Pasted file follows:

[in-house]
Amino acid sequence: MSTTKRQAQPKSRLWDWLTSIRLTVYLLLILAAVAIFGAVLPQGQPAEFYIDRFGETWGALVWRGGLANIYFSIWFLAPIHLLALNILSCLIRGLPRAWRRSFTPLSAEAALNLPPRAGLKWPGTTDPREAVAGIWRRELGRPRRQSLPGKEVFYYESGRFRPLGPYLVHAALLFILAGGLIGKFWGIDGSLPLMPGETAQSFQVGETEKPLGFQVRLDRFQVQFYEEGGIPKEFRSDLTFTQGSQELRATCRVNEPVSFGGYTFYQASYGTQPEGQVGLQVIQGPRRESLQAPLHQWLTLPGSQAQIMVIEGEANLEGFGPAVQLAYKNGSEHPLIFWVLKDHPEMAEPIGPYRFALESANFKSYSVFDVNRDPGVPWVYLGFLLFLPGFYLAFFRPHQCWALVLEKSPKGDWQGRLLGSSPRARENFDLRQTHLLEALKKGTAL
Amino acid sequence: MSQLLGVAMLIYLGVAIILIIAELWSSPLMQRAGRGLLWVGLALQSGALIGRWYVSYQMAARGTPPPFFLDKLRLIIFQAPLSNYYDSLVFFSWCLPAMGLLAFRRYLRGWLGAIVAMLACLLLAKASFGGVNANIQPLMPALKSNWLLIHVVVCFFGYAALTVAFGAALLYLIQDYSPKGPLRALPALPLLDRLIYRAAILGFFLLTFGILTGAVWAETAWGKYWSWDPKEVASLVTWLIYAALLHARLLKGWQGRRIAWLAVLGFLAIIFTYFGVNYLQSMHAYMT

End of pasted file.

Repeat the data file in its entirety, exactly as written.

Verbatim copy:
[in-house]
Amino acid sequence: MSTTKRQAQPKSRLWDWLTSIRLTVYLLLILAAVAIFGAVLPQGQPAEFYIDRFGETWGALVWRGGLANIYFSIWFLAPIHLLALNILSCLIRGLPRAWRRSFTPLSAEAALNLPPRAGLKWPGTTDPREAVAGIWRRELGRPRRQSLPGKEVFYYESGRFRPLGPYLVHAALLFILAGGLIGKFWGIDGSLPLMPGETAQSFQVGETEKPLGFQVRLDRFQVQFYEEGGIPKEFRSDLTFTQGSQELRATCRVNEPVSFGGYTFYQASYGTQPEGQVGLQVIQGPRRESLQAPLHQWLTLPGSQAQIMVIEGEANLEGFGPAVQLAYKNGSEHPLIFWVLKDHPEMAEPIGPYRFALESANFKSYSVFDVNRDPGVPWVYLGFLLFLPGFYLAFFRPHQCWALVLEKSPKGDWQGRLLGSSPRARENFDLRQTHLLEALKKGTAL
Amino acid sequence: MSQLLGVAMLIYLGVAIILIIAELWSSPLMQRAGRGLLWVGLALQSGALIGRWYVSYQMAARGTPPPFFLDKLRLIIFQAPLSNYYDSLVFFSWCLPAMGLLAFRRYLRGWLGAIVAMLACLLLAKASFGGVNANIQPLMPALKSNWLLIHVVVCFFGYAALTVAFGAALLYLIQDYSPKGPLRALPALPLLDRLIYRAAILGFFLLTFGILTGAVWAETAWGKYWSWDPKEVASLVTWLIYAALLHARLLKGWQGRRIAWLAVLGFLAIIFTYFGVNYLQSMHAYMT